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  • Fair Shakespeare

    Posted by TM Lutas on June 23rd, 2012 (All posts by )

    Just randomly found this sonnet and it touched my heart. Maybe it might touch yours too.

    When forty winters shall besiege thy brow,
    And dig deep trenches in thy beauty’s field,
    Thy youth’s proud livery so gazed on now,
    Will be a totter’d weed of small worth held:
    Then being asked, where all thy beauty lies,
    Where all the treasure of thy lusty days;
    To say, within thine own deep sunken eyes,
    Were an all-eating shame, and thriftless praise.
    How much more praise deserv’d thy beauty’s use,
    If thou couldst answer ‘This fair child of mine
    Shall sum my count, and make my old excuse,’
    Proving his beauty by succession thine!
    This were to be new made when thou art old,
    And see thy blood warm when thou feel’st it cold.

     

    4 Responses to “Fair Shakespeare”

    1. Lexington Green Says:

      “…thy beauty’s use…”

      It is not use it or lose, it is lose it no matter what. So, what use should be made of it?

      Youth and beauty fade. They can be expended out of love for others, or lost to sterility and self-indulgence. Either way, they go away.

    2. Ginny Says:

      Isn’t Shakespeare’s argument that the young man’s immortality may be best achieved through reproduction (some of the others’ emphasize by being enshrined in a great poem, of course)? What would he have thought of some who comment here that man’s reproduction is an insult to nature? At gut level, most of us understand this argument, indeed, feel it. Surely that is impetus (or at least an impetus) for the life force.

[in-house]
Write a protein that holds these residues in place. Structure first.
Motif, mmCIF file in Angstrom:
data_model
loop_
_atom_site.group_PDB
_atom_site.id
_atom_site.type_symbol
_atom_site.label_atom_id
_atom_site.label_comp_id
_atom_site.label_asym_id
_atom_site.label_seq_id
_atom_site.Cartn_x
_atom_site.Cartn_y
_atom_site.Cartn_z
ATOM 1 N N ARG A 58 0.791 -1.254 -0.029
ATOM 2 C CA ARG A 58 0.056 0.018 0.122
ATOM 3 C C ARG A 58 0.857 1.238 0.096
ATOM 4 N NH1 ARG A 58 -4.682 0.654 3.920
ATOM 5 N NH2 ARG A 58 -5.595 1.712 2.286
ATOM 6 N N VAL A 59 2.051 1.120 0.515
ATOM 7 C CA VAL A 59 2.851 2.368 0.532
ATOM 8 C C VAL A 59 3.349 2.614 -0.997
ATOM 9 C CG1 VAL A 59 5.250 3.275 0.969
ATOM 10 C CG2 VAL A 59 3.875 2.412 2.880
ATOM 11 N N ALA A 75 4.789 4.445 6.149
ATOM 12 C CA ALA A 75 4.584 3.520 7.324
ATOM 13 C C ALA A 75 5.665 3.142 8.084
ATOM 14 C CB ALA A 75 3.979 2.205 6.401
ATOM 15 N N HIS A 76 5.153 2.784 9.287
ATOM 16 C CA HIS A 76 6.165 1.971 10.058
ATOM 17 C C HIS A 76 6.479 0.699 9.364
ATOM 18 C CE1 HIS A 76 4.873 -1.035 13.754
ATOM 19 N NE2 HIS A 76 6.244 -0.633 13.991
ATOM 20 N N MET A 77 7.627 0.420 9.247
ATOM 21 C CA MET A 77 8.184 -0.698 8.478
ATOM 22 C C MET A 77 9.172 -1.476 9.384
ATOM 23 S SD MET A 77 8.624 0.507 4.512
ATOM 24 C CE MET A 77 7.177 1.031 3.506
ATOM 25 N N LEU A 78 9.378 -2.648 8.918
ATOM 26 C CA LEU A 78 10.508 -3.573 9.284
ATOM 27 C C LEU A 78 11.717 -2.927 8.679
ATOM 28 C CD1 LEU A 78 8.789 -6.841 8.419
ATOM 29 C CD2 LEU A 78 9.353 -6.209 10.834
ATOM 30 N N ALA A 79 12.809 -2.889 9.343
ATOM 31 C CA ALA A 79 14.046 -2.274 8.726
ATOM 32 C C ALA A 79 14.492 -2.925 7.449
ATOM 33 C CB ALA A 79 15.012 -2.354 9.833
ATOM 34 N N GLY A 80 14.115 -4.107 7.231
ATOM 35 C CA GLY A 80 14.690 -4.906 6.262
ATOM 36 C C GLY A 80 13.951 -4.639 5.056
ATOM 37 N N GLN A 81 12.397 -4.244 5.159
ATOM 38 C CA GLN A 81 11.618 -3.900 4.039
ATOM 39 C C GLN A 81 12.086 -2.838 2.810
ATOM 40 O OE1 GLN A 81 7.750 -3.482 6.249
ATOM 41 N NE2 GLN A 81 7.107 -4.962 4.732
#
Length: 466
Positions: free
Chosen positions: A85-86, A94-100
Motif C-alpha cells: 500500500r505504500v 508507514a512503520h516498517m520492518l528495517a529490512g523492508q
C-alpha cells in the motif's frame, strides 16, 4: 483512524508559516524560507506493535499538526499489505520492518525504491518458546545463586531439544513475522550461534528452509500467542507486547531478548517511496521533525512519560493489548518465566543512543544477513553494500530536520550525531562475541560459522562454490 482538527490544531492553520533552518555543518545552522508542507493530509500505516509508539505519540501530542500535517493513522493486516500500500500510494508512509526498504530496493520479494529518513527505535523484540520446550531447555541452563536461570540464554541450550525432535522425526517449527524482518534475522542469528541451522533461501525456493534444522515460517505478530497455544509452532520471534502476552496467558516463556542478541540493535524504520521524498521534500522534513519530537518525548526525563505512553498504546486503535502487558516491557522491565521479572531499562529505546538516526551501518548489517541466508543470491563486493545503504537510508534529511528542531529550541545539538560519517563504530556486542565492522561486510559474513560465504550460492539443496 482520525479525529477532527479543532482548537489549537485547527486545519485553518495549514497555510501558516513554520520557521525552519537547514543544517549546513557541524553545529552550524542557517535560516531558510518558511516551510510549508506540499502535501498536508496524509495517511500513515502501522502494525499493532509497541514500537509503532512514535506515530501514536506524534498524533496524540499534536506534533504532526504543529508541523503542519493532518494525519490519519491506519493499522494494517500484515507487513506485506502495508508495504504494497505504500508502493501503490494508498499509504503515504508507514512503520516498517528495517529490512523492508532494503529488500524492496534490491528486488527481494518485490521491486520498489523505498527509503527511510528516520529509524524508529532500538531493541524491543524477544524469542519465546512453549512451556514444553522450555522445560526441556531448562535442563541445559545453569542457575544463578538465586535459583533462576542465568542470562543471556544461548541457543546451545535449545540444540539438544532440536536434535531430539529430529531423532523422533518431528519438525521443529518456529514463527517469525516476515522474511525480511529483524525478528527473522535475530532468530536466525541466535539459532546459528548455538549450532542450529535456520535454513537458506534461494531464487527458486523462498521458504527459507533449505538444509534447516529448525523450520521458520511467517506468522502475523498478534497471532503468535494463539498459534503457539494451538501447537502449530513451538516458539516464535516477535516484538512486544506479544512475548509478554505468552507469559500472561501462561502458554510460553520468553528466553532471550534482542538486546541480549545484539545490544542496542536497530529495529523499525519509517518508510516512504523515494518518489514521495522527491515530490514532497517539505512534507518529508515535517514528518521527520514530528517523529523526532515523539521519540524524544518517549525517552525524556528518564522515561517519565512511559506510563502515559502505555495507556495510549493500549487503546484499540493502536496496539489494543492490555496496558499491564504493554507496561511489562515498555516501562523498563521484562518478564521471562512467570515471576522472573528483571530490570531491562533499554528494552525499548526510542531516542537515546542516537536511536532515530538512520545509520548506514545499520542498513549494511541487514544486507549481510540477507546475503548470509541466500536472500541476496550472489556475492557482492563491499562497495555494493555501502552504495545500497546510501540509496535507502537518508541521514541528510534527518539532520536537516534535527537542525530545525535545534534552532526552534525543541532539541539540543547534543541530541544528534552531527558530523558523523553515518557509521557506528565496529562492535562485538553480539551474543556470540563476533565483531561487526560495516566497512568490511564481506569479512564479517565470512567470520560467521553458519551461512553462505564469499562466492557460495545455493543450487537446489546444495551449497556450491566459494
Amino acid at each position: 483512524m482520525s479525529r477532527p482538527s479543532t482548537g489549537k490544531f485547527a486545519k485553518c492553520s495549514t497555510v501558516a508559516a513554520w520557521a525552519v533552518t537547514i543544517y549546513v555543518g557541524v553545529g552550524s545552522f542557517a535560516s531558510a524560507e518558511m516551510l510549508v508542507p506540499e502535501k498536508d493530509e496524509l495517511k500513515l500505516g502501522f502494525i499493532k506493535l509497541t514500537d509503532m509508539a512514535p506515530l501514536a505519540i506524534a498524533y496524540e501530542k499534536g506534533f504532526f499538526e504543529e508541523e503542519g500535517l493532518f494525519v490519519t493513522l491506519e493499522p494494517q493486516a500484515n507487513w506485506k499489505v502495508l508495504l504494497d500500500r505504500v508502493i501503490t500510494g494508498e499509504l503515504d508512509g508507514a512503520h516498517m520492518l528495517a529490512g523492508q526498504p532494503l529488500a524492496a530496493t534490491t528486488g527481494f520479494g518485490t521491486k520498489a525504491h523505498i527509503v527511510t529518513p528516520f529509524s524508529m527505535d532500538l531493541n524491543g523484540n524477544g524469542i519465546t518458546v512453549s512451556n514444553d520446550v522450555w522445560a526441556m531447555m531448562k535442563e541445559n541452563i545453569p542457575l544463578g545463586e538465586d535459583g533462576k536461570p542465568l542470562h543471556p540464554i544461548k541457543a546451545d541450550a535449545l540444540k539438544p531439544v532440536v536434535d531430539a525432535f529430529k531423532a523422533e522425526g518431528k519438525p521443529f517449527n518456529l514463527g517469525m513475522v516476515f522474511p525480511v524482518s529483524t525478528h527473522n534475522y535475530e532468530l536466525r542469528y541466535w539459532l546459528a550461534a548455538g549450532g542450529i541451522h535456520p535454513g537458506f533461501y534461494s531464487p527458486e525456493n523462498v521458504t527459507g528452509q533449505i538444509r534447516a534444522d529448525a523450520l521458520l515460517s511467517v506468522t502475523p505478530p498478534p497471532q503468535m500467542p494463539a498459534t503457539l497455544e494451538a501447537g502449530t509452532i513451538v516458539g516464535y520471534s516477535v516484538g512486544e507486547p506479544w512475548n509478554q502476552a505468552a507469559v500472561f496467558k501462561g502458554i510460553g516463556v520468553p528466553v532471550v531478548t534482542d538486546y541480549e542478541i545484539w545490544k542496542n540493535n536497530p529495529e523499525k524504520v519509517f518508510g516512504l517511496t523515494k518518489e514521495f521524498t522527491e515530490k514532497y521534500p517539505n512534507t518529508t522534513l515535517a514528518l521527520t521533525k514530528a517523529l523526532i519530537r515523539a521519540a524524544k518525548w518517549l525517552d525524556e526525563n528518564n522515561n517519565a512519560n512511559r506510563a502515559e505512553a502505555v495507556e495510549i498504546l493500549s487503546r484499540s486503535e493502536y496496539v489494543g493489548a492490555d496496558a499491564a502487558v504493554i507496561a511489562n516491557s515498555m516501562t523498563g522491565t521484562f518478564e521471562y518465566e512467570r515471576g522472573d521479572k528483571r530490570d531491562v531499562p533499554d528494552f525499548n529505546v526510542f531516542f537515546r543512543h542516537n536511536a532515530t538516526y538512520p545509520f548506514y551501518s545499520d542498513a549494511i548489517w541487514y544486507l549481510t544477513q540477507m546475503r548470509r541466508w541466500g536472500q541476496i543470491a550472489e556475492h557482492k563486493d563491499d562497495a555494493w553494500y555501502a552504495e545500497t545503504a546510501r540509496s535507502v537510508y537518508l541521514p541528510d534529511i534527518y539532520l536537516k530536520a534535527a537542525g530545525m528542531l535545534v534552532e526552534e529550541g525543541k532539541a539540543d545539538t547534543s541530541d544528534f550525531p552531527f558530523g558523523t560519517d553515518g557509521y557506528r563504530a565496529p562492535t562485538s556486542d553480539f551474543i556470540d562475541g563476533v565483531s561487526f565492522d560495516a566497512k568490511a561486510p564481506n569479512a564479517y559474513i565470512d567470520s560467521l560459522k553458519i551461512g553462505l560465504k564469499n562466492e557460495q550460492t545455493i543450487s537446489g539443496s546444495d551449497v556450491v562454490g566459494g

3. tyouth Says:

      Compensation, perhaps, for growing old.

    4. Helian Says:

      Shakespeare was incredible. Somehow, almost 300 years before Darwin, he grasped that there was something ageless and potentially immortal in human beings, and that it, and not our conscious, mortal selves is what is essential about us. My favorite sonnet is #13:

      O! that you were your self; but, love, you are
      No longer yours, than you your self here live:
      Against this coming end you should prepare,
      And your sweet semblance to some other give:
      So should that beauty which you hold in lease
      Find no determination; then you were
      Yourself again, after yourself’s decease,
      When your sweet issue your sweet form should bear.
      Who lets so fair a house fall to decay,
      Which husbandry in honour might uphold,
      Against the stormy gusts of winter’s day
      And barren rage of death’s eternal cold?
      O! none but unthrifts. Dear my love, you know,
      You had a father: let your son say so.

      “Love, you are no longer yours, than you your self here live?” “The you were yourself again, after yourself’s decease??” Incredible!!

      It’s interesting that Tolstoy had a terrible aversion to Shakespeare. Orwell refuted him in an essay that you can find in the fourth of his published collected works, “In Front of Your Nose,” which I highly recommend, as well as the other three volumes. You can probably pick it up at Amazon or on eBay. I think Tolstoy’s visceral hatred of Shakespeare resulted from the fact that he was a pathologically pious Puritan, and he recognized in Shakespeare his polar opposite. As Shakespeare put it in Midsummer Night’s Dream, he would prefer any species of human being to “a devil of a Puritan!”